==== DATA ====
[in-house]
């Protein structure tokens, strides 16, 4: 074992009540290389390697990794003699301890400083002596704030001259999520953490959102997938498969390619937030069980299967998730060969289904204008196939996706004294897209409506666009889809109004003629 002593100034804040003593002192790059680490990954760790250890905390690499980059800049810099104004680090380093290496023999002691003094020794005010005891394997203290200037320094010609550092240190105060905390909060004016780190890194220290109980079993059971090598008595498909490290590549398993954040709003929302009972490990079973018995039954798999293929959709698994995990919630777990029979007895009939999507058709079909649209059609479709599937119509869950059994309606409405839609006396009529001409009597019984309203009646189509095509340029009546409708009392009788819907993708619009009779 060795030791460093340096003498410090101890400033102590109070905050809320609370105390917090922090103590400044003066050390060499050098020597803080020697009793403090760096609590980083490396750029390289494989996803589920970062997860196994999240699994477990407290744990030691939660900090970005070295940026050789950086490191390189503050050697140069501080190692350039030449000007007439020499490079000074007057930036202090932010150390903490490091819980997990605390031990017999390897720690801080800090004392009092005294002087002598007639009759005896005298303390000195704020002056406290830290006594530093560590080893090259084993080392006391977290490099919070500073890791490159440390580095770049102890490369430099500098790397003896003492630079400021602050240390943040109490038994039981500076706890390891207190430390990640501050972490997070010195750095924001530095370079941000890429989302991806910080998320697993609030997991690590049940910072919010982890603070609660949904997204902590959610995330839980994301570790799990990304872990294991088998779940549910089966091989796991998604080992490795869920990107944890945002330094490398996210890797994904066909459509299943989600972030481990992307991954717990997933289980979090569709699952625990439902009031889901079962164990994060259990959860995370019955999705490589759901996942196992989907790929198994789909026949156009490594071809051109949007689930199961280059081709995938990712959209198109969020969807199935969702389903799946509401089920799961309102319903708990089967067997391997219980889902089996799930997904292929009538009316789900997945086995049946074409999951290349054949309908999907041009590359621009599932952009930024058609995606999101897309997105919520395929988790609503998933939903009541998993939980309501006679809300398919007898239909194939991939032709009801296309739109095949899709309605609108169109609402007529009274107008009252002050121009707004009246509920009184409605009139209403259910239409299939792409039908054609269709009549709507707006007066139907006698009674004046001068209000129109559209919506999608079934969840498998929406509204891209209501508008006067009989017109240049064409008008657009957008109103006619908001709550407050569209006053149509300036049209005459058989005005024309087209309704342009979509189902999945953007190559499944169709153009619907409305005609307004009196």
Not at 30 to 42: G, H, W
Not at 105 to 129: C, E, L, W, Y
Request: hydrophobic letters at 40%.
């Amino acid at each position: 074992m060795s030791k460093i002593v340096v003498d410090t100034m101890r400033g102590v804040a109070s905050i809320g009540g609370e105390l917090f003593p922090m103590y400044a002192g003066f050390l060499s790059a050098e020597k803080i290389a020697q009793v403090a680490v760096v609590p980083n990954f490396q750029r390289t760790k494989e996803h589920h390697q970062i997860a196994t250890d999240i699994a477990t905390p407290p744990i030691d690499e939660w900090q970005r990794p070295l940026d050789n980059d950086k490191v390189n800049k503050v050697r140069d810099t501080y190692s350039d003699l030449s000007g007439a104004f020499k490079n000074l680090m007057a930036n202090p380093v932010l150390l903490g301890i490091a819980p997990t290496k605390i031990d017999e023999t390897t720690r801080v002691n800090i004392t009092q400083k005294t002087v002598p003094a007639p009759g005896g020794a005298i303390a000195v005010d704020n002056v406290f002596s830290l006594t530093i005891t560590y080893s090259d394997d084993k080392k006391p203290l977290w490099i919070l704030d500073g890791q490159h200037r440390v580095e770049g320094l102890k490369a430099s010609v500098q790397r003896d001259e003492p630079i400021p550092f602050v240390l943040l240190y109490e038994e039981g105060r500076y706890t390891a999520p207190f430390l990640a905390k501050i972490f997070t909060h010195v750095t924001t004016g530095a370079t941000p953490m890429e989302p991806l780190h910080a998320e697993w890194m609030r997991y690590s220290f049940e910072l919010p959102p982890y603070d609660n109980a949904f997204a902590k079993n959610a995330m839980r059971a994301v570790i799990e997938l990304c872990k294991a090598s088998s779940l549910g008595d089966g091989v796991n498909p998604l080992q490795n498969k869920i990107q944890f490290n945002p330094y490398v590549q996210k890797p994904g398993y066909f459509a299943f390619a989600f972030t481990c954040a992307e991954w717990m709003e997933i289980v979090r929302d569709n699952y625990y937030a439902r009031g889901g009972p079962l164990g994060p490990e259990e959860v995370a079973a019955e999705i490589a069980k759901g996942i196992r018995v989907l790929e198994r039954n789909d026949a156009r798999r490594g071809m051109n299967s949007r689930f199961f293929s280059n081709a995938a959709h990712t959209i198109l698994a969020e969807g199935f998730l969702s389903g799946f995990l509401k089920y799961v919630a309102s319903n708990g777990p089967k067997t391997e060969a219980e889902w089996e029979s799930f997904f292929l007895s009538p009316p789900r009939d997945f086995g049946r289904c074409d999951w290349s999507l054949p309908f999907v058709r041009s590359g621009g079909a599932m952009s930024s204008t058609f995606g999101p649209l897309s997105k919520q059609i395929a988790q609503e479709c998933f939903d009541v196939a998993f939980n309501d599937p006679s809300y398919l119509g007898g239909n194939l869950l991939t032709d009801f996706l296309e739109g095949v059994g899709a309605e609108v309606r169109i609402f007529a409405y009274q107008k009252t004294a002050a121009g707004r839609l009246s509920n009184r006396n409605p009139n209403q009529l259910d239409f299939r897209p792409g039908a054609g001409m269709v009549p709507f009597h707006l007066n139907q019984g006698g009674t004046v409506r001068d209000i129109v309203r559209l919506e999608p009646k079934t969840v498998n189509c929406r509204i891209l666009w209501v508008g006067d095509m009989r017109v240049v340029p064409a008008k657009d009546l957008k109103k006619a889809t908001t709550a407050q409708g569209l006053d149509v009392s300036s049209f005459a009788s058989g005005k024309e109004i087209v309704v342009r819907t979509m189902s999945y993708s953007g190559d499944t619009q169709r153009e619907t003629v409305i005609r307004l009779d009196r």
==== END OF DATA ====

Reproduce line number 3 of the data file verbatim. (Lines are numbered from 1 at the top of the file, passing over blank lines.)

Not at 30 to 42: G, H, W